The same article also states that ATI video cards for PCs are now also supported, in the latest seeds of OS X x86. If true, this would reduce the need for dedicated Mac video cards. People could simply go out and buy the latest and greatest PC video cards at the local video store, and plug them right into their Power Macs. Presumably any such support would be best on video cards utilizing reference designs, but the selection of PC video cards based off reference designs is still bigger than the selection of Mac video cards. However, this claim of PC video card support is also unsubstantiated.

We may find out the truth in a few short months though, as x86 Macs are (hopefully) coming relatively soon.

Sunday, November 20, 2005

Install Front Row on any Mac with Front Row Enabler

Apple's newest iMac G5 with built-in iSight and remote control comes with a new media centre application called Front Row. This application has not been released for any other Mac. However, Apple has recently released a free Front Row 1.0.1 update which can be installed on any Mac using Pacifist and Front Row Enabler.

Above is a picture of Front Row running on an older G5 iMac. While Front Row can be controlled with the keyboard, it's not all that useful without the remote control. However, it at least gives us an idea what Front Row is like without the need to find a new iSight iMac to test.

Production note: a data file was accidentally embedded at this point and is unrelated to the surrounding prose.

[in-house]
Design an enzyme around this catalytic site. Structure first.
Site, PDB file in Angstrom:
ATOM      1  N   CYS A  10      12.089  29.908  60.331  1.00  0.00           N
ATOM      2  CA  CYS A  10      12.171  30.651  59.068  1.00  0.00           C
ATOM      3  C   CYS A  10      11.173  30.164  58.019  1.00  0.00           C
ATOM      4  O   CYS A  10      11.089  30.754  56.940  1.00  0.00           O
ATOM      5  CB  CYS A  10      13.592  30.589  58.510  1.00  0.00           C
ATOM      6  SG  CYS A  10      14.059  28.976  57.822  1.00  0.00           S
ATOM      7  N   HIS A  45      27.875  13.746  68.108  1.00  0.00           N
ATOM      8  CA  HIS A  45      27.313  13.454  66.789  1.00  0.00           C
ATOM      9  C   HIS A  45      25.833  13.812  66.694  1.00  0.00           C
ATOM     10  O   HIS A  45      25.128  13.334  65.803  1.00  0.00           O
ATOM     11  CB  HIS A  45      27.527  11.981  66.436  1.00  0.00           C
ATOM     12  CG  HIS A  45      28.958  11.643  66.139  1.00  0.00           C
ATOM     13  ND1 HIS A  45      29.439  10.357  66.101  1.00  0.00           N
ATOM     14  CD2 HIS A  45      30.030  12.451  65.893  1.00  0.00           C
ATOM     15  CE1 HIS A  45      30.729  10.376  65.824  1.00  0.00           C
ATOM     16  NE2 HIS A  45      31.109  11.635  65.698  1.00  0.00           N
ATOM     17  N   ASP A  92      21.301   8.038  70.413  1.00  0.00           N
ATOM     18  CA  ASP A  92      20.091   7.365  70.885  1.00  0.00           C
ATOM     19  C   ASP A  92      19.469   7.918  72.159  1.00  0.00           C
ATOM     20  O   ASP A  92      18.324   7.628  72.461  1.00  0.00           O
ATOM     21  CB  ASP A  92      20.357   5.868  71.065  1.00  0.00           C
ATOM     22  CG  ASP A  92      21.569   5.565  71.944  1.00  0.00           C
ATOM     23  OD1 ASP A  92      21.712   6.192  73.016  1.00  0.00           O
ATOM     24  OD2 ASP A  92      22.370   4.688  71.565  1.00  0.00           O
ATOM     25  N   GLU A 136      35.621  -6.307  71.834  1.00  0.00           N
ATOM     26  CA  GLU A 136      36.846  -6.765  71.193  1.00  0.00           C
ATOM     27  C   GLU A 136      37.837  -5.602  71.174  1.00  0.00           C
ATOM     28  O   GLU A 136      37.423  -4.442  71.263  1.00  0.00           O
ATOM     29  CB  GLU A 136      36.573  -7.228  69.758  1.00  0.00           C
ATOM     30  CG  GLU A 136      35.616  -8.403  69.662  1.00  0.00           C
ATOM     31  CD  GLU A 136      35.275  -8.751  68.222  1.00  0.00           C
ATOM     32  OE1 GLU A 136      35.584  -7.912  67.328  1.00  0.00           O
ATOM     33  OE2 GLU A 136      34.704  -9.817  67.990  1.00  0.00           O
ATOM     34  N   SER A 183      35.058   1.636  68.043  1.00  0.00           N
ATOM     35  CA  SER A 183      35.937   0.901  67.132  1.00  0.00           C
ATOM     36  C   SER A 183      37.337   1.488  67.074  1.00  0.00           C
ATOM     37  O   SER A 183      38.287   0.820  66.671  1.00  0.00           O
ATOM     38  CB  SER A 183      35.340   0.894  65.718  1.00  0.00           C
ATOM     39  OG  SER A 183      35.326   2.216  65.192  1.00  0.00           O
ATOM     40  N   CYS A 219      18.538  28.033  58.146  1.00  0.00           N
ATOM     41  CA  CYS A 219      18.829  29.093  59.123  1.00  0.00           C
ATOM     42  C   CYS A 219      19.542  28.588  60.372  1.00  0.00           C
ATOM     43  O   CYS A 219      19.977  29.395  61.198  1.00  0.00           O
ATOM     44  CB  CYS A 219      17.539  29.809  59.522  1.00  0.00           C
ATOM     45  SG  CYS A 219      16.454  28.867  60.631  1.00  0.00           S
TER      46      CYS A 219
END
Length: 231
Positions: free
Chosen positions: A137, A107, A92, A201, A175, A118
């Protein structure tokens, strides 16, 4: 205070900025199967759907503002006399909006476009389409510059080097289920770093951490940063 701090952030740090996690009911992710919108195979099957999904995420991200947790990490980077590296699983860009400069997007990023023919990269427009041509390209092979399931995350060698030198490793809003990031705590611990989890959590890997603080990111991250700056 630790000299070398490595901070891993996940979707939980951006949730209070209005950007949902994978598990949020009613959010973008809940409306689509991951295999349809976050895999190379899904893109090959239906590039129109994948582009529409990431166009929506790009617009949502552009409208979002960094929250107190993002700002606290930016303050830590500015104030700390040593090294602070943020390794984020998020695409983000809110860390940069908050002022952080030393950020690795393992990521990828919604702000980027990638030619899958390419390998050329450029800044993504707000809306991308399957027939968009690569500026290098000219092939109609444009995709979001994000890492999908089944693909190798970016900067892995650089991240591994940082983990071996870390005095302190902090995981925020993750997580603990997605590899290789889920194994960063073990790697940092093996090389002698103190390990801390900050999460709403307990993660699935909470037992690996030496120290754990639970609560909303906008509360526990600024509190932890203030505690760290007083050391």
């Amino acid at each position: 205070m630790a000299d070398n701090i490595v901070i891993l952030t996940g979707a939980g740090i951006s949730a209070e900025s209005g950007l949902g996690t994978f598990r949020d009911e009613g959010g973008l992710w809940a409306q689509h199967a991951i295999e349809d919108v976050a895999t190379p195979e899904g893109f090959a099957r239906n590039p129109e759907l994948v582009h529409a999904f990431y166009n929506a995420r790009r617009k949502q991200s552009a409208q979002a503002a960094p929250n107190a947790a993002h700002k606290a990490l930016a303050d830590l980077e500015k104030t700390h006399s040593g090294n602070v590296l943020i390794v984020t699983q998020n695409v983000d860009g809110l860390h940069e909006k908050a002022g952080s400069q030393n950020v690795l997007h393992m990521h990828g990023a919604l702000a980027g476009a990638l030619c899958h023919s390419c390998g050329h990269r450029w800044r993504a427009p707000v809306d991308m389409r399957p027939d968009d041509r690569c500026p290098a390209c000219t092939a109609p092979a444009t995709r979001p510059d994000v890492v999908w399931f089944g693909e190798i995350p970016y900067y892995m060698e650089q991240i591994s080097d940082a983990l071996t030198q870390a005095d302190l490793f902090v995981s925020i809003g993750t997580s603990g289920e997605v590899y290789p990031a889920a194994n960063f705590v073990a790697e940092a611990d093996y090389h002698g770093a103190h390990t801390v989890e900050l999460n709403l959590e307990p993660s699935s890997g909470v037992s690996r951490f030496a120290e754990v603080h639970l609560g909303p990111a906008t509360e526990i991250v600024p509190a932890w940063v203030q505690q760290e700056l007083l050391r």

Aperture supports the iBook

Apple has now posted a Compatibility Checker on its website, which checks your system's specifications and determines if Apple's new flagship photography application Aperture will run on your system.

Much to my surprise, my (July 2005) iBook is supported:

Aperture supports the iBook.

Although this iBook's 1.33 GHz G4 meets the minimum CPU speed requirements and its Radeon 9550 does include the hardware (Core Image) video features necessary for Aperture, this GPU is not listed as supported on Apple's Aperture tech specs page. Furthermore, the page states that only 15" and 17" PowerBooks are supported. That G4 PowerBook (or G5 desktop) requirement is echoed by the Compatibility Checker when run on unsupported machines (like my 1.7 GHz G4 Cube with GeForce2 MX):